Now, when Brewer sees a walker who doesn't have control of their animals, it upsets her. "I think about the dogs, and the owners. You don't know what's happening," she says. "It's very easy to take cute photos of dogs jumping through the grass and post them on Instagram. No one's showing pictures of them scrapping in the back because they're all trying to get on the one cushion and there's no space and everyone's thirsty because there are no water bowls."
Taylor and Courtois agree there are rogue dog owners and walkers and say there are parks they no longer visit in case uncontrollable dogs are there. "There are so many rude dogs in public parks," says Taylor. She prefers open spaces like Muriwai or Riverhead, where they can train animals without being interrupted. Some of their canine clients have been expelled from daycare. She points to a "reactive" boxer in today's pack and says: "He's the sort of dog that will be kicked out of daycare within the first 10 minutes." With careful supervision, they've assimilated him into their pack.
Brewer warns dog owners should get to know their walkers, ask them about their qualifications and experience, and even go on a walk with them before giving them their animals. "There are the people out there doing it ethically, and there are the people who have no idea what they're doing," she says. Also check which parks your animals will be going to. They should be large, quiet spaces with as few people as possible. "If you encounter another walker, that's when drama can happen, depending on how that walker is with their dogs. The last thing you want is a dog fight or a lost dog."
Brewer's an accountant now, and has days when she misses the open air and beach walks. But she doesn't miss the drama. Asked if she'll ever return to dog walking, Brewer replies, "Hells no!"
As Taylor and Courtois show The Spinoff across a two-hour Muriwai "adventure", there's a right way to do it. Care is evident at every turn. Two of today's pack are deaf, so they've been taught hand signals. Another is still learning to be off his leash, so he stays close by, ready to be reeled in if he gets too adventurous. Training for each dog is ongoing. "There are definitely a few dogs … that have had bad adventures," Leda says. Today, they won't take them on the beach because the hot black sand could burn their paws.
She and Courtois are aware of cowboys, and know instantly know when a rogue dog walker is coming their way. You can tell by the noise. "You can hear some dog walkers arriving from miles down the road because their car is so loud with the barking and the whining," says Taylor. "For us, that is the most stressful thing in the world." She and Courtois try to stay out of any industry drama, but their skills and knowledge means they know when someone's doing the job for the wrong reasons. "You can tell when you first meet someone if they shouldn't be working with dogs."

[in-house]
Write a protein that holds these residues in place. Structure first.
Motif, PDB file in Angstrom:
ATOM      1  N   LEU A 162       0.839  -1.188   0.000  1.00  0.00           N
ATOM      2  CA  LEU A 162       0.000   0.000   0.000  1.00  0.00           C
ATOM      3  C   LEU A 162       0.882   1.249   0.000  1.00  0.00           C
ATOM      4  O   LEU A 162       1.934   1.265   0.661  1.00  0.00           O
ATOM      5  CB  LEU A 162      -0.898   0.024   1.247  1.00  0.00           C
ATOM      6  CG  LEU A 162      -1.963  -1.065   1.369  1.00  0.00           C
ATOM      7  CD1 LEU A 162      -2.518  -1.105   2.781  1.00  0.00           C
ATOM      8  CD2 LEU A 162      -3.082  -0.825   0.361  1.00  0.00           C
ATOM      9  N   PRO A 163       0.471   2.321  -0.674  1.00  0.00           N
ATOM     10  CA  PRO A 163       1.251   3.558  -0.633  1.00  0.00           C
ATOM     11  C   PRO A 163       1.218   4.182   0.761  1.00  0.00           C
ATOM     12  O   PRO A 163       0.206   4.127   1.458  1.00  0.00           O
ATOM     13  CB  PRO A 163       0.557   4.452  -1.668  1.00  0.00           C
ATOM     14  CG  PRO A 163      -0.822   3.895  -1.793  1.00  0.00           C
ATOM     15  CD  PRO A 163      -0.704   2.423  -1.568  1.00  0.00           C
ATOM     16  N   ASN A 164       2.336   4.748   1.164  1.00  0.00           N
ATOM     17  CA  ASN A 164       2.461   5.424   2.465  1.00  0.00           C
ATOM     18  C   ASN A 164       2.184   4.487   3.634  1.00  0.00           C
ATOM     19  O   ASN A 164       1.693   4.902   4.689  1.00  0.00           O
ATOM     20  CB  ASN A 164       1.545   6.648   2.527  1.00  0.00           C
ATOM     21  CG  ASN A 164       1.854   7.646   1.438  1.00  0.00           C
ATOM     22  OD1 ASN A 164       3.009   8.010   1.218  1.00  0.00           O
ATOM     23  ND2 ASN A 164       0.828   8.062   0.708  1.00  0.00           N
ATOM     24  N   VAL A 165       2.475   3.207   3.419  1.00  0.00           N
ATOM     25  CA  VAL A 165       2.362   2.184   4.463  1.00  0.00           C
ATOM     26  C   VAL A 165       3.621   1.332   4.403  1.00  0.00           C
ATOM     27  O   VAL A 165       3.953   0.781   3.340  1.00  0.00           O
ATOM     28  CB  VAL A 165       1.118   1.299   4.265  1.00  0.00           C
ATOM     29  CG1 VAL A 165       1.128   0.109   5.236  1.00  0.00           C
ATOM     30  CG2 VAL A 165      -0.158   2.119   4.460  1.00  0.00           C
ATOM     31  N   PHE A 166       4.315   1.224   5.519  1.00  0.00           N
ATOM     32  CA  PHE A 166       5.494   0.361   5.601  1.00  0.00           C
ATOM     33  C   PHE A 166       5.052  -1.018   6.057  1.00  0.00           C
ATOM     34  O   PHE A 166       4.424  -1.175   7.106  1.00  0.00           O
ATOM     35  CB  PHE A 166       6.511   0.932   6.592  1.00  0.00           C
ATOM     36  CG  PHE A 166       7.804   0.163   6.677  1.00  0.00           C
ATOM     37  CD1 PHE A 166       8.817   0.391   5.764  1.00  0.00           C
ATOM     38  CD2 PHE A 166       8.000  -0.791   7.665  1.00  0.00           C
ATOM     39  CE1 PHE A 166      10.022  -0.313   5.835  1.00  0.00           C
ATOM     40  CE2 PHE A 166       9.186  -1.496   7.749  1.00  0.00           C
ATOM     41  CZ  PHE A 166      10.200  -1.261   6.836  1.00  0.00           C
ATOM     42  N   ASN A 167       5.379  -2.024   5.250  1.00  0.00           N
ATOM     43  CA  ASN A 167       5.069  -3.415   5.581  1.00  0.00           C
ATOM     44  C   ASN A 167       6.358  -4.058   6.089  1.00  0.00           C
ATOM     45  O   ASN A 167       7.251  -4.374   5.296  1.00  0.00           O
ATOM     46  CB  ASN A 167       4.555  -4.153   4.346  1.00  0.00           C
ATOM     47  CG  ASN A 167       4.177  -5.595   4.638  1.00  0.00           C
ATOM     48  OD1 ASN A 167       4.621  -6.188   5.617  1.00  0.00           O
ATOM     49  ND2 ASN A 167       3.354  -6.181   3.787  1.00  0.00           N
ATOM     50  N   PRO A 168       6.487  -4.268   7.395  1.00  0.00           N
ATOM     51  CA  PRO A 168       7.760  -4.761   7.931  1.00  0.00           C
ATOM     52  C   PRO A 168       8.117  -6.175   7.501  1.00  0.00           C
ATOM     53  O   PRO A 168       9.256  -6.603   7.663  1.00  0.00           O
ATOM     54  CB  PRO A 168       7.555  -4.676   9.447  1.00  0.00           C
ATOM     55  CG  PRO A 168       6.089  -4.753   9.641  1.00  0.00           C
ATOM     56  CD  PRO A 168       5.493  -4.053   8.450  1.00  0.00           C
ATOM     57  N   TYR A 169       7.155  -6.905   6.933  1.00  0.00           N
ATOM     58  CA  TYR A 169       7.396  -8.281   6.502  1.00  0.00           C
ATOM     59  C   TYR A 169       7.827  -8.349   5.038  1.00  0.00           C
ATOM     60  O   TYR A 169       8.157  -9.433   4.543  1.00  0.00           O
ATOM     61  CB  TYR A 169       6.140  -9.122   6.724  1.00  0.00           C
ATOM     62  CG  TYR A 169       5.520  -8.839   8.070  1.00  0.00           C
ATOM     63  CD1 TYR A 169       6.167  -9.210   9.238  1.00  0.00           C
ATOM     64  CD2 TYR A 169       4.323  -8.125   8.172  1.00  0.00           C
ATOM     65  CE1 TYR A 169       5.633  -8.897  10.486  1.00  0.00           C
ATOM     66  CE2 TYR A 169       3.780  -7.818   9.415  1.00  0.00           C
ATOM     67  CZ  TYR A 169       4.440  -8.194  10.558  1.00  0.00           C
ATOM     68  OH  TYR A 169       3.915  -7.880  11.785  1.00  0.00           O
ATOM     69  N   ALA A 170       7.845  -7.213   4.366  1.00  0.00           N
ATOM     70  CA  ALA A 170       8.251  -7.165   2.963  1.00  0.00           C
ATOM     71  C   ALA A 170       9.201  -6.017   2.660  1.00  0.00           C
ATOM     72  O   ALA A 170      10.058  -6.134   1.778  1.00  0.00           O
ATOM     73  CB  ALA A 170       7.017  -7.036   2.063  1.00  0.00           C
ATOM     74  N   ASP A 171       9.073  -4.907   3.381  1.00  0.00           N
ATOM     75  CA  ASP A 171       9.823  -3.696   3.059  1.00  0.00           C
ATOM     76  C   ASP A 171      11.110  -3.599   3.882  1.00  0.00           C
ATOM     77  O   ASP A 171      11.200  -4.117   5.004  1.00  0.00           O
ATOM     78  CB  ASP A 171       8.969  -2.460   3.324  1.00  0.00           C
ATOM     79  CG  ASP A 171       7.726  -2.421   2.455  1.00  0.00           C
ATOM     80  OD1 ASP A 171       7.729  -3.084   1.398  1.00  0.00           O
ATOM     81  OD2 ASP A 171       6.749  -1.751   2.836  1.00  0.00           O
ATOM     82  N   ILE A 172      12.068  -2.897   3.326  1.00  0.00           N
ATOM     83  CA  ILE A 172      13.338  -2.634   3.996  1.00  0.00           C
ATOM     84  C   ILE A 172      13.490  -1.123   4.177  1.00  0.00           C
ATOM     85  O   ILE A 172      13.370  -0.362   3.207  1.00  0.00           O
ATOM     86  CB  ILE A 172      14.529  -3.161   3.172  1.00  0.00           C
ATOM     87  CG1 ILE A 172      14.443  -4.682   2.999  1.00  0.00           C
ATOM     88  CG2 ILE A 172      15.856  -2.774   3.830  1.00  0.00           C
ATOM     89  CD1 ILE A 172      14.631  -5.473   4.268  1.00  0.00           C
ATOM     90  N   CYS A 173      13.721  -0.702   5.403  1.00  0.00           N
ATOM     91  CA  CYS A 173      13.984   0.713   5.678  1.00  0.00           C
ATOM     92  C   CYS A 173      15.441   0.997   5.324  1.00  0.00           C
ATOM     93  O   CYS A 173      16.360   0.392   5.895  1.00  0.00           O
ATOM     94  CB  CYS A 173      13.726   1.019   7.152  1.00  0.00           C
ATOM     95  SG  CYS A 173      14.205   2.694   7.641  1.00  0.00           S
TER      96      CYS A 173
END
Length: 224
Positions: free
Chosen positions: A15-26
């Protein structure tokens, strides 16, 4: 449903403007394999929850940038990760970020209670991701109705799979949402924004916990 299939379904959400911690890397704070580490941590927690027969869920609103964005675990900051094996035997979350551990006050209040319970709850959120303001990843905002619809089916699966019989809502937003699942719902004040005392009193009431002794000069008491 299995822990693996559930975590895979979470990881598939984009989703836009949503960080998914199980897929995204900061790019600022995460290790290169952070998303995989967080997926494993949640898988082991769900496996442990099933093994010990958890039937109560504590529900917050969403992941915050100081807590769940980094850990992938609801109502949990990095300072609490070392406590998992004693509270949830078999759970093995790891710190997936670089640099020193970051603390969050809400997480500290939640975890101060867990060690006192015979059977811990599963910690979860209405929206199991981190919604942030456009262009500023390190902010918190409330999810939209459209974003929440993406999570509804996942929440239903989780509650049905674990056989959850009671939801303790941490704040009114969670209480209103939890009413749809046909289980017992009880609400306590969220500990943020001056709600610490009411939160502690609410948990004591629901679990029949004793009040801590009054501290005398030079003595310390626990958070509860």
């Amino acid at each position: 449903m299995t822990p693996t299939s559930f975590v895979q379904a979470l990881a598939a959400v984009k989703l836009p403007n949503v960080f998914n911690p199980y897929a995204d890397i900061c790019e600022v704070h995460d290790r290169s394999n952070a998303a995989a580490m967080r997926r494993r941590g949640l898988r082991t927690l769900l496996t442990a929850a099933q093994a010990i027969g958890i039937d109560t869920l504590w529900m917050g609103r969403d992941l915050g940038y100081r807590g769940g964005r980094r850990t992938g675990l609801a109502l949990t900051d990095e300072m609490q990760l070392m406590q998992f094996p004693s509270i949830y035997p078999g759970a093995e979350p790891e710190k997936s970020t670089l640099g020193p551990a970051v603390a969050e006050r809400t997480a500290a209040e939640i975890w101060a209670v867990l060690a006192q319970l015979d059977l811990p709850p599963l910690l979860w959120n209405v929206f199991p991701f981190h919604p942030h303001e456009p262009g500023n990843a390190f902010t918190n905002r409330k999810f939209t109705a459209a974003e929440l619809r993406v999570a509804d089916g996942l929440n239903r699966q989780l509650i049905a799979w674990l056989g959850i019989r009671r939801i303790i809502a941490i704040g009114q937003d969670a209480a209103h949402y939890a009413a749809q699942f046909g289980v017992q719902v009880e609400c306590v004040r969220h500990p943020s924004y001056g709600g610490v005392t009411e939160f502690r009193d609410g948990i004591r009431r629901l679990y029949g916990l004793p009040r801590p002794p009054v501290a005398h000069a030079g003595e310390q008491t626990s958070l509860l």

Spend any time with them and it's easy to see why they're called "dog whisperers". Across a two-hour walk, not a single bark is heard. Their dogs sit patiently by the side of the path to let vehicles pass, and look for approval before diving into a river. It doesn't mean they don't have fun: they frolic through forests, pick up pine cones – and, occasionally, horse manure – and prance around, at times delirious with excitement.
But Taylor always has full control. "It's about keeping the pack dynamic as safe and as calm as possible," she says. Each dog sets an example for the others, and just one rogue dog can upset the balance. She and Courtois don't wear sunglasses, so their animals can read their eyes. Walkers' mood can influence the pack too. "If you let your emotions get in the way it's going to affect everything." They won't let anyone approach their animals to interact with them, or allow other animals to rush up to say hi. Before allowing me to join, I had to promise not to throw anything.
It's clearly not a job for everyone. Put a foot wrong and you can easily step in some doggy doo-doo. Just moments into today's walk, a terrible smell fills the air. "Oh yuck," declares Taylor. "The first of the negatives." A puppy with a crook tummy has done his business all over the grass, and it's liquid. Leda pulls out multiple green poop bags and attempts to pick it up, but she ends up smearing it around. "We've had a few accidents like this in the van," she says. "When I first started it had carpet. It was incredibly bad." Things improved once they installed rubber matting.
Finally, after using a third bag, Taylor's happy with the results. By the end of their two-hour walk, there'll be many more bags just like this one. They need to be disposed of, and all those dogs will need feeding, watering and dropping off back home. It's an all-encompassing job that takes much of the day, but Taylor couldn't be happier. So are their animals. At home time, some refuse to leave the van.
Recently, Taylor and Courtois just got married. For their honeymoon, they've taken their six dogs with them on the road to tour the South Island. For many, that's their idea of hell. For these two, it's heaven. "I luckily have never had a proper desk job," says Taylor, smiling in the sunlight. "I would not be able to handle it."
* This article was updated to specify that Stick & Bones has been operating for six years, and is therefore not an operator considered by some to be a "cowboy" newcomer.